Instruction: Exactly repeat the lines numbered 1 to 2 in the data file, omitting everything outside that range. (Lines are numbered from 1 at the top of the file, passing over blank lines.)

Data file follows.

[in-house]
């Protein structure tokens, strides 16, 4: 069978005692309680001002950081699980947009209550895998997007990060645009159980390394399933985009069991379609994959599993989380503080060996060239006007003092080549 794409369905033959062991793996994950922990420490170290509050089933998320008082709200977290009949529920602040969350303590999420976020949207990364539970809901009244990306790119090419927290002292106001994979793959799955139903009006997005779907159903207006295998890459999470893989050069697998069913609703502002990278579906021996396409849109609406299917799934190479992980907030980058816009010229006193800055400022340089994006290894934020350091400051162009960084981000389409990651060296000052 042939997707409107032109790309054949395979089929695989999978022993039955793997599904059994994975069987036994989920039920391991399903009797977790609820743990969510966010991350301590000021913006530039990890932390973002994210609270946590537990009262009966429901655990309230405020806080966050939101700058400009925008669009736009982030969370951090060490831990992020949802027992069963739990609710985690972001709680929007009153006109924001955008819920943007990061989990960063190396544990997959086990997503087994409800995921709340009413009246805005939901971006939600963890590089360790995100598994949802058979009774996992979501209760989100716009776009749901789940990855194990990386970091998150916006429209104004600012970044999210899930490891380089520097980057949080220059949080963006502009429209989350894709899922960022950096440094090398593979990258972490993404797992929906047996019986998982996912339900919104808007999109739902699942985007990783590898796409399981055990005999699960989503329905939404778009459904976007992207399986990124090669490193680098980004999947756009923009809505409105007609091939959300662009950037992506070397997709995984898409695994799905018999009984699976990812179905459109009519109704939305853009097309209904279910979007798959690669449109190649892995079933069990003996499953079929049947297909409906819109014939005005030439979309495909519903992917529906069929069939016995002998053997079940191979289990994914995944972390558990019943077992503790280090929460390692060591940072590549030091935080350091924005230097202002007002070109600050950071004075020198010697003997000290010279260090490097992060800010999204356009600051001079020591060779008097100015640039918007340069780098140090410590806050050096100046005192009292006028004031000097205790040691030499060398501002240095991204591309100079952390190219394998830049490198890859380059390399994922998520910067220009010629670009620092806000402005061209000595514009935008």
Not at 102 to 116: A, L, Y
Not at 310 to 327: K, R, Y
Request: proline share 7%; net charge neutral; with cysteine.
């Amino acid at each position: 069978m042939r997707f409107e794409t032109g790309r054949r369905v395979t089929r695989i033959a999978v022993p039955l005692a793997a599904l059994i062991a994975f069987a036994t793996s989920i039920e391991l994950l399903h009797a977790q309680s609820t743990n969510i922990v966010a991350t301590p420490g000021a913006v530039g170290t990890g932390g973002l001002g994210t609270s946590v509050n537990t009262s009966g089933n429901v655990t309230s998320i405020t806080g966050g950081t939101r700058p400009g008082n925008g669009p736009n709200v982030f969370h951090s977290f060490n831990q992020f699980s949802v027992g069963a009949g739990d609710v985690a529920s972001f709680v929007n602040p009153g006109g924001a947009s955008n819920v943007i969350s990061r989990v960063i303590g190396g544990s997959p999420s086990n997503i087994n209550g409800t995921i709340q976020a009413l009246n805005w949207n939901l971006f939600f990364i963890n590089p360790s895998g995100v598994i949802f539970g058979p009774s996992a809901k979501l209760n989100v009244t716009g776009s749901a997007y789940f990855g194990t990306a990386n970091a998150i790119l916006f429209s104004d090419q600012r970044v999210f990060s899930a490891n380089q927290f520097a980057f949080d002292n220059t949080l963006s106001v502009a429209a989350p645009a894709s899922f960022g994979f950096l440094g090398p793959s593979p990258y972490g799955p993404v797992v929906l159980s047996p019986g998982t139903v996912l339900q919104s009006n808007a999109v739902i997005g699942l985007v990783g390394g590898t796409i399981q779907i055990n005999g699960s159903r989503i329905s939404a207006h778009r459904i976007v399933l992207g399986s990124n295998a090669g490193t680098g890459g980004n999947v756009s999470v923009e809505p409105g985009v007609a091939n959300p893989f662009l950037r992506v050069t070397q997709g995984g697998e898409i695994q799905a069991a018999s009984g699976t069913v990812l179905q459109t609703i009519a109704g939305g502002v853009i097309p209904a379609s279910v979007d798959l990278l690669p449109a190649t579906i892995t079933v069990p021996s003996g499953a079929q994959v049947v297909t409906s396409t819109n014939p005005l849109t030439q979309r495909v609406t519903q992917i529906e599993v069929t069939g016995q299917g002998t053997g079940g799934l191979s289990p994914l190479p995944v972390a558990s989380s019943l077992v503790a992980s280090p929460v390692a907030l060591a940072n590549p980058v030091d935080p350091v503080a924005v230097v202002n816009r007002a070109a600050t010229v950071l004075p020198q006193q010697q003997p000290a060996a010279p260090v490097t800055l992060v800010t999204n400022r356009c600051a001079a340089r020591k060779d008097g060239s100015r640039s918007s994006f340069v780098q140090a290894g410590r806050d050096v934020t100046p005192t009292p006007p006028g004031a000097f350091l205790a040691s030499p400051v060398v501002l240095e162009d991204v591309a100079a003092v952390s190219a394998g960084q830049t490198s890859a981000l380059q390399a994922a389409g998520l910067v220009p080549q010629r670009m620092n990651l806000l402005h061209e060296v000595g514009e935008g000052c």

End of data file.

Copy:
[in-house]
């Protein structure tokens, strides 16, 4: 069978005692309680001002950081699980947009209550895998997007990060645009159980390394399933985009069991379609994959599993989380503080060996060239006007003092080549 794409369905033959062991793996994950922990420490170290509050089933998320008082709200977290009949529920602040969350303590999420976020949207990364539970809901009244990306790119090419927290002292106001994979793959799955139903009006997005779907159903207006295998890459999470893989050069697998069913609703502002990278579906021996396409849109609406299917799934190479992980907030980058816009010229006193800055400022340089994006290894934020350091400051162009960084981000389409990651060296000052 042939997707409107032109790309054949395979089929695989999978022993039955793997599904059994994975069987036994989920039920391991399903009797977790609820743990969510966010991350301590000021913006530039990890932390973002994210609270946590537990009262009966429901655990309230405020806080966050939101700058400009925008669009736009982030969370951090060490831990992020949802027992069963739990609710985690972001709680929007009153006109924001955008819920943007990061989990960063190396544990997959086990997503087994409800995921709340009413009246805005939901971006939600963890590089360790995100598994949802058979009774996992979501209760989100716009776009749901789940990855194990990386970091998150916006429209104004600012970044999210899930490891380089520097980057949080220059949080963006502009429209989350894709899922960022950096440094090398593979990258972490993404797992929906047996019986998982996912339900919104808007999109739902699942985007990783590898796409399981055990005999699960989503329905939404778009459904976007992207399986990124090669490193680098980004999947756009923009809505409105007609091939959300662009950037992506070397997709995984898409695994799905018999009984699976990812179905459109009519109704939305853009097309209904279910979007798959690669449109190649892995079933069990003996499953079929049947297909409906819109014939005005030439979309495909519903992917529906069929069939016995002998053997079940191979289990994914995944972390558990019943077992503790280090929460390692060591940072590549030091935080350091924005230097202002007002070109600050950071004075020198010697003997000290010279260090490097992060800010999204356009600051001079020591060779008097100015640039918007340069780098140090410590806050050096100046005192009292006028004031000097205790040691030499060398501002240095991204591309100079952390190219394998830049490198890859380059390399994922998520910067220009010629670009620092806000402005061209000595514009935008």